Wednesday 6 November 2019


Pierre-Auguste Renoir, commonly known as Auguste Renoir (25 February 1841 – 3 December 1919), was a French artist who was a leading painter in the development of the Impressionist style. As a celebrator of beauty and especially feminine sensuality, it has been said that "Renoir is the final representative of a tradition which runs directly from Rubens to Watteau." He was the father of actor Pierre Renoir (1885–1952), filmmaker Jean Renoir (1894–1979) and ceramic artist Claude Renoir (1901–1969). He was the grandfather of the filmmaker Claude Renoir (1913–1993), son of Pierre.

Next to his "Self Portrait", c.1897, is "The Guitar Player" of 1896. This painting is in the National Gallery Victoria in Melbourne. Renoir often painted people enjoying quiet, private moments. Women were frequently the subject of these paintings, and were portrayed bathing, reading, sewing, or closely interacting with children. From the late 1880s onward, Renoir produced a number of intimate studies where the sitters are playing musical instruments. Curiously, very few of these works convey any sense of ‘performance’, or any suggestion that the music is meant for ears other than the player’s.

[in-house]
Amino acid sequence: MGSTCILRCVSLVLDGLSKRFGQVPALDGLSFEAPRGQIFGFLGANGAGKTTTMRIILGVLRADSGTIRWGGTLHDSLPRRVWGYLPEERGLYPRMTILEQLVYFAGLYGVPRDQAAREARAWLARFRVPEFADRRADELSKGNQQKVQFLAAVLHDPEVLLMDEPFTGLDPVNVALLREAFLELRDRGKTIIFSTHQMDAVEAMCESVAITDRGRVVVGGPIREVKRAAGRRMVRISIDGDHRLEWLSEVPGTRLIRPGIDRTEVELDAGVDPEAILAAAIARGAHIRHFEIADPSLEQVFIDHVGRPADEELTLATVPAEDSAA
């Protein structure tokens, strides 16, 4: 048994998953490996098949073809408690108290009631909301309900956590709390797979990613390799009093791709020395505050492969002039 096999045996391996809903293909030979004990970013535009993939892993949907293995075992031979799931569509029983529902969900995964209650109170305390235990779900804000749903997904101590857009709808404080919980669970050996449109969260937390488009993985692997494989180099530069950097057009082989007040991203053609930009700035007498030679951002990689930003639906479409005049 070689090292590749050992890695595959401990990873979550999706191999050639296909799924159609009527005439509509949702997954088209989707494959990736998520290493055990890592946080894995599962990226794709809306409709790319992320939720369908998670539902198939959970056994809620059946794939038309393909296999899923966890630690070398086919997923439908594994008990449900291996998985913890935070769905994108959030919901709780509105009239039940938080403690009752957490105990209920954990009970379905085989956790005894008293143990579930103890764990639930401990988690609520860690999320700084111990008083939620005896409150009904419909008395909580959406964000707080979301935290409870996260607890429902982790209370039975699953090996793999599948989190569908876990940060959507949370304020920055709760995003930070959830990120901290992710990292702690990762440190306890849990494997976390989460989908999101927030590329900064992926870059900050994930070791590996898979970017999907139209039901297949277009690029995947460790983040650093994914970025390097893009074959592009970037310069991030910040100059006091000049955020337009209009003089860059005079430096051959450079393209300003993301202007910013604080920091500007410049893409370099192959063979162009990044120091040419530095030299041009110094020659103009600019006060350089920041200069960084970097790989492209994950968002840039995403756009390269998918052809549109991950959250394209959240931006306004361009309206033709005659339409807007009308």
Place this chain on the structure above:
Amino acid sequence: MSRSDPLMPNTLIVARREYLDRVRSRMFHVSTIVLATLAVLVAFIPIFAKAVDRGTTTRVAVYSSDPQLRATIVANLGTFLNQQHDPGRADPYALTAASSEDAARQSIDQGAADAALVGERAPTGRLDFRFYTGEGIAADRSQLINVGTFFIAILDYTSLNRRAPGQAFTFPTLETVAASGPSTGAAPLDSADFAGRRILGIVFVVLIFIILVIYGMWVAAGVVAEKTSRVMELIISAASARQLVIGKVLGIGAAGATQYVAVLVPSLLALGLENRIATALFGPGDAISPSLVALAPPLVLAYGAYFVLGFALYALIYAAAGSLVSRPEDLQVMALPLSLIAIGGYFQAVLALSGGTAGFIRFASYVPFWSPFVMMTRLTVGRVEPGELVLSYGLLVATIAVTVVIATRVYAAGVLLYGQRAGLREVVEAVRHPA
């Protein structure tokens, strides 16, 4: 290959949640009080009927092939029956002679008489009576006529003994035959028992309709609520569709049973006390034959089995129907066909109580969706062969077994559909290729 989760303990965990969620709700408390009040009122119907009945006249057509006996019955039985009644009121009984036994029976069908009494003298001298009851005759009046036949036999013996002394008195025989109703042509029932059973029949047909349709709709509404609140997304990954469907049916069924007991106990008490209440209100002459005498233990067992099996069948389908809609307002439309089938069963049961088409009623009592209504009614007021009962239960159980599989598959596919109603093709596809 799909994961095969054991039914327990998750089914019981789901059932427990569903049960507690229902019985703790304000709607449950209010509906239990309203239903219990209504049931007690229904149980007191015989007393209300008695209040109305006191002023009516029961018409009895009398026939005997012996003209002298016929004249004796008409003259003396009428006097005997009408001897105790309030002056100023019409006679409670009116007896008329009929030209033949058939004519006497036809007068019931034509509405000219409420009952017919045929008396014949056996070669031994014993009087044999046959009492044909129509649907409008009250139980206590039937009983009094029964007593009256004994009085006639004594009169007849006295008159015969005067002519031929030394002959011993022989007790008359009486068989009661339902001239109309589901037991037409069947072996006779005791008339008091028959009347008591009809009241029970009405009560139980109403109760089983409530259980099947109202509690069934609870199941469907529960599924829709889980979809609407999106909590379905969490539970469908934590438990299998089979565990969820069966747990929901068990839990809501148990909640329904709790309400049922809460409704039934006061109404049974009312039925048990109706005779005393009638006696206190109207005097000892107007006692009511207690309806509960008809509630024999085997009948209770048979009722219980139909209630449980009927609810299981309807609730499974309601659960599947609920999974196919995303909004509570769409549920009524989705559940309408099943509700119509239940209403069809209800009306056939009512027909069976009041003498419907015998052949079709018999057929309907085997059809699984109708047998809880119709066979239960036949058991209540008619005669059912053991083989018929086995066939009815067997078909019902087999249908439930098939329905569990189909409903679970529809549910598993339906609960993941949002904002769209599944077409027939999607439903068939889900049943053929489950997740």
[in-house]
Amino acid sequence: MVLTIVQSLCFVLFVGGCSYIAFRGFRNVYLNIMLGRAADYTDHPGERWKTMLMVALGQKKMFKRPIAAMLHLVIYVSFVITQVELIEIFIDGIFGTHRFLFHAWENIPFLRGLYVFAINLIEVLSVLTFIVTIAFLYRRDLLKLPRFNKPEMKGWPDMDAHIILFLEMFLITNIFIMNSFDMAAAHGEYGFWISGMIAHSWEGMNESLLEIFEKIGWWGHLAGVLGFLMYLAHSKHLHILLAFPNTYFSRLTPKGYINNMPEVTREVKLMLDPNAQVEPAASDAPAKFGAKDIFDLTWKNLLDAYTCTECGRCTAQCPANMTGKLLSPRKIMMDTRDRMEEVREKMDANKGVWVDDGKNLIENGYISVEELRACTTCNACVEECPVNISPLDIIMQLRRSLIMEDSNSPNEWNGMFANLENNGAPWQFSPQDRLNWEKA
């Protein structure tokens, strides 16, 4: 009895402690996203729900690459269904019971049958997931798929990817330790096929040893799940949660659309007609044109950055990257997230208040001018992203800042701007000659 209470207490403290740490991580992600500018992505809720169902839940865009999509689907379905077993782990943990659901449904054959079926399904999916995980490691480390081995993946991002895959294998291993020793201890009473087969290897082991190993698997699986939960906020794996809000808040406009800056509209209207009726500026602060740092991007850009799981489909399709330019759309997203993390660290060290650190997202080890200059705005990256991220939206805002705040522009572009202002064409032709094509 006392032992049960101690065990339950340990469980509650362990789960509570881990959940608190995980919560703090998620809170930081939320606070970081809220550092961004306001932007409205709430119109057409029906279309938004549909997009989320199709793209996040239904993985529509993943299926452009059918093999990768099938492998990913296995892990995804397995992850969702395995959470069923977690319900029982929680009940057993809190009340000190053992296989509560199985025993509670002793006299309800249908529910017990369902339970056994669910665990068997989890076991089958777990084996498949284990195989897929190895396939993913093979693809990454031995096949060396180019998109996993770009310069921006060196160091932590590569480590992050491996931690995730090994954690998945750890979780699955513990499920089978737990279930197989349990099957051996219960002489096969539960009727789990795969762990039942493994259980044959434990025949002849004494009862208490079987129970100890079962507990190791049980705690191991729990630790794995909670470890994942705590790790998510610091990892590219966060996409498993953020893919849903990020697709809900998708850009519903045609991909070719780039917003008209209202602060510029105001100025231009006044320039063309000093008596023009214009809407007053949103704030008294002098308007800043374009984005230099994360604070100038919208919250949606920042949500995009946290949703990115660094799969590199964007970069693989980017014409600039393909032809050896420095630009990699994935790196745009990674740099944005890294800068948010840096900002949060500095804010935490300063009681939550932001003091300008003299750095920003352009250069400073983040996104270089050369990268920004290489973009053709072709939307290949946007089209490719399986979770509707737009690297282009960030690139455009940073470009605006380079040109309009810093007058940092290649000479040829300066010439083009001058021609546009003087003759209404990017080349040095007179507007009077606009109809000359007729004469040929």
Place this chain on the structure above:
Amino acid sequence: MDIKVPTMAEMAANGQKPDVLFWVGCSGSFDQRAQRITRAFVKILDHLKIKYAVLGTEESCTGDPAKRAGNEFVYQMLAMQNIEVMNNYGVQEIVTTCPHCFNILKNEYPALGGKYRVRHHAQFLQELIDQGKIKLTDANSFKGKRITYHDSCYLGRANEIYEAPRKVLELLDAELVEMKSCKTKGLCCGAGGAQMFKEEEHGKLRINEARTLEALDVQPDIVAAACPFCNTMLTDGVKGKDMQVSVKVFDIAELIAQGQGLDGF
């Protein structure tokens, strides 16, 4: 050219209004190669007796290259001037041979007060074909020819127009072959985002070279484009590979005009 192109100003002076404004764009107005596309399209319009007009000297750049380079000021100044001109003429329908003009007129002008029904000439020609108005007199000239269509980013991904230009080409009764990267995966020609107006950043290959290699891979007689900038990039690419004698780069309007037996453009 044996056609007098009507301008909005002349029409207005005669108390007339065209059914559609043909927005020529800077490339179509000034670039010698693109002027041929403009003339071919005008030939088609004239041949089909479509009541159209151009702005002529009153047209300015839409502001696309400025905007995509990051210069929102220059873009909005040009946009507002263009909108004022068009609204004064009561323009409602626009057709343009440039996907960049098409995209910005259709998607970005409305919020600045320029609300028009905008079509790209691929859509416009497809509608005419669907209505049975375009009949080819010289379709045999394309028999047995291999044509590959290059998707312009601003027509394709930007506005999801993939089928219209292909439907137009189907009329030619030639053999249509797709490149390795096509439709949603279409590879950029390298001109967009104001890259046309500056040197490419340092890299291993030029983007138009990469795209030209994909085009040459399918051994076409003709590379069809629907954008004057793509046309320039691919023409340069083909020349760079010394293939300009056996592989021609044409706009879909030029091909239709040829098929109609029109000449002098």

The painting below is the famous "Luncheon of the Boating Party" (1881; French: Le déjeuner des canotiers). It was included in the Seventh Impressionist Exhibition in 1882, and was identified as the best painting in the show by three critics. It was purchased from the artist by the dealer-patron Paul Durand-Ruel and bought in 1923 (for $125,000) from his son by industrialist Duncan Phillips, who spent a decade in pursuit of the work. It is now in The Phillips Collection in Washington, D.C. It shows a richness of form, a fluidity of brush stroke, and a flickering light. This is impressionism par excellence!

This post is part of the Wordless Wednesday meme,
and also part of the ABC Wednesday meme.


  1. I saw some Renoir this summer. It was a bit RISQUE:

  2. Gorgeous paintings. Renoir's use of colour always extraordinary.

  3. What a family of artists! It's in my bucket to see a Renoir one of these days.


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